Put yourself first. Considering your own mental health and well being is key in maintaining a well balanced, healthy lifestyle. Knowing what you can and can’t handle is important. Some days I’m on the top of my game and can really handle being around people that try to bring me down. I don’t allow them to get to me, and I do my best to change the energy in the room. Other days, I just can’t take much more than what my regular lifestyle has to offer. I struggle keeping my own head above water, and surrounding myself with “Negative Nancy” isn’t an option. It doesn’t make me selfish. It makes me smart.
“Putting yourself first is not selfish. Thinking about yourself constantly is selfish. Please respect the difference.”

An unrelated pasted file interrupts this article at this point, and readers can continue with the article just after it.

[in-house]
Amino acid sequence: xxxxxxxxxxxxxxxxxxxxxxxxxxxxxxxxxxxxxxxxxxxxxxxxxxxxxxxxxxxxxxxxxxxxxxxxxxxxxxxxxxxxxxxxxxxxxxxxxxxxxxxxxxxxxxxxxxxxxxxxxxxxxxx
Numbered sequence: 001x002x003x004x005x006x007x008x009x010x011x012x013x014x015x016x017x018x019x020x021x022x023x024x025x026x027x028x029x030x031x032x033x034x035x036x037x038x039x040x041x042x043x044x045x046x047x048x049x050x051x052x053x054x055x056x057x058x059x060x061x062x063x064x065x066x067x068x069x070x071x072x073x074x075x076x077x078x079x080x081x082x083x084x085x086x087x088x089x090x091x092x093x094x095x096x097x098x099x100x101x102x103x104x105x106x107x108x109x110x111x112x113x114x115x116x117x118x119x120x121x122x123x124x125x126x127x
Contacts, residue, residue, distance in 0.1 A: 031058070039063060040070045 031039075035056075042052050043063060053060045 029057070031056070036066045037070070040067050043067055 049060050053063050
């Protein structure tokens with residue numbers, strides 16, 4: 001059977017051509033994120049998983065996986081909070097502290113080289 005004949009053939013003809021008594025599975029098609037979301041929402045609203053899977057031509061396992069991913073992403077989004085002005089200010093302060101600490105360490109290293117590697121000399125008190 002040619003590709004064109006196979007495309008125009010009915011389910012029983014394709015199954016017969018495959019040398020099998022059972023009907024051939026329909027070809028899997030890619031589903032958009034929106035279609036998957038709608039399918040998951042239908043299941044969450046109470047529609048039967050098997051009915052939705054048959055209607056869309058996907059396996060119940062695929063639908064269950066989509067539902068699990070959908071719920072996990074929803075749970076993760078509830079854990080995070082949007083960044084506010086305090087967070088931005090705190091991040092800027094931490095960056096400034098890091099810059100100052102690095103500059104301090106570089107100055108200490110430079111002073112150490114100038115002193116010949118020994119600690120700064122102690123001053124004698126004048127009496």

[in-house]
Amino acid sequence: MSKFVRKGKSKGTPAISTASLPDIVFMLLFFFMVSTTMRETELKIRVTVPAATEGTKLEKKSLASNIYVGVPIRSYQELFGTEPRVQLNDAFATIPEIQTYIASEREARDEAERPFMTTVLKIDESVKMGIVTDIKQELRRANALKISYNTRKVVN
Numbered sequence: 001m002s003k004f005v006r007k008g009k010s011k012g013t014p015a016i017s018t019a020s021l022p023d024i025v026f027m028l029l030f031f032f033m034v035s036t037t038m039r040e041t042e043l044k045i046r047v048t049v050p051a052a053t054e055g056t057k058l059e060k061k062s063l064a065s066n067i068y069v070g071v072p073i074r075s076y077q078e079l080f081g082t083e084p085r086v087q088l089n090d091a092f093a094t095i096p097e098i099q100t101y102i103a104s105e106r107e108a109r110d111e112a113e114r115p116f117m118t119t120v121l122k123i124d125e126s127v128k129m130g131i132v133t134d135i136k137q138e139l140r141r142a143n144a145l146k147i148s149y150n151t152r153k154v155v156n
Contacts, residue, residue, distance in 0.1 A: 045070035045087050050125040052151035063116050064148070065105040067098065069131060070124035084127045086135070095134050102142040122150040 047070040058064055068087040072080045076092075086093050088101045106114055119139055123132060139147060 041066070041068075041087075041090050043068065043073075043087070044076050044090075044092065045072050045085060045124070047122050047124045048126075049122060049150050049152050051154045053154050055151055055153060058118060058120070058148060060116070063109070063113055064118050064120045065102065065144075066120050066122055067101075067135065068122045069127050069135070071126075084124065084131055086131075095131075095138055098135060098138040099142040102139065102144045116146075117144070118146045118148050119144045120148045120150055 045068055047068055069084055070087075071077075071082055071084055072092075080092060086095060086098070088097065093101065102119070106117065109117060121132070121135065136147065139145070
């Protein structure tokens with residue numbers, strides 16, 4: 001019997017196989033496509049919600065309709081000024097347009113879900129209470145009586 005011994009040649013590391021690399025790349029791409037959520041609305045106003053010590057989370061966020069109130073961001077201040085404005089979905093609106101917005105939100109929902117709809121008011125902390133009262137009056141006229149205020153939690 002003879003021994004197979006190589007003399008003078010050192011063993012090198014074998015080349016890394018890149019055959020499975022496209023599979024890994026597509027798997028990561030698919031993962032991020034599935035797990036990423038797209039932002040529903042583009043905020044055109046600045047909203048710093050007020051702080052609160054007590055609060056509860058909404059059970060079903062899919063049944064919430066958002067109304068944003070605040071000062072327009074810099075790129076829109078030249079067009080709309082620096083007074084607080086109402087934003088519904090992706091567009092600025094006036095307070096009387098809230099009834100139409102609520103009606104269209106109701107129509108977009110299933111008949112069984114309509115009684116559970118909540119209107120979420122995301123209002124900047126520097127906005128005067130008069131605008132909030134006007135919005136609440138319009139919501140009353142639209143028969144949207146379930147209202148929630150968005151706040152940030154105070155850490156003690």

My (very intelligent) family doctor has always given me the greatest advice when it comes to taking care of myself. “You know on an airplane when they tell you to put the oxygen mask on yourself before placing it over the elderly and children? There’s a reason for that. If you don’t take care of yourself first, you’ll be too weak to take care of anyone else.” Genius.
I love the friendships I’ve maintained over the years. I love the people I have in my life. But as time passes, I’ve definitely learned how to balance these friendships in order to keep myself happy and complete. I don’t feel obligated to keep people in my life just for the hell of it. I don’t feel obligated to allow people to bring me down. I’ve learned that it’s ok to delete people from my life that have been there for years, and to open myself up to bright, new friendships. Friendships are hard. But that doesn’t mean I have to sacrifice myself to keep them. I’m not perfect. I’m not the perfect friend, either. As stated earlier, I really suck at friendships actually. But I try my damnedest not to be the “Negative Nancy” friend. I try to be positive and to look on the brighter side of life. Sometimes I succeed and sometimes I fail… but that’s just the joy of being human.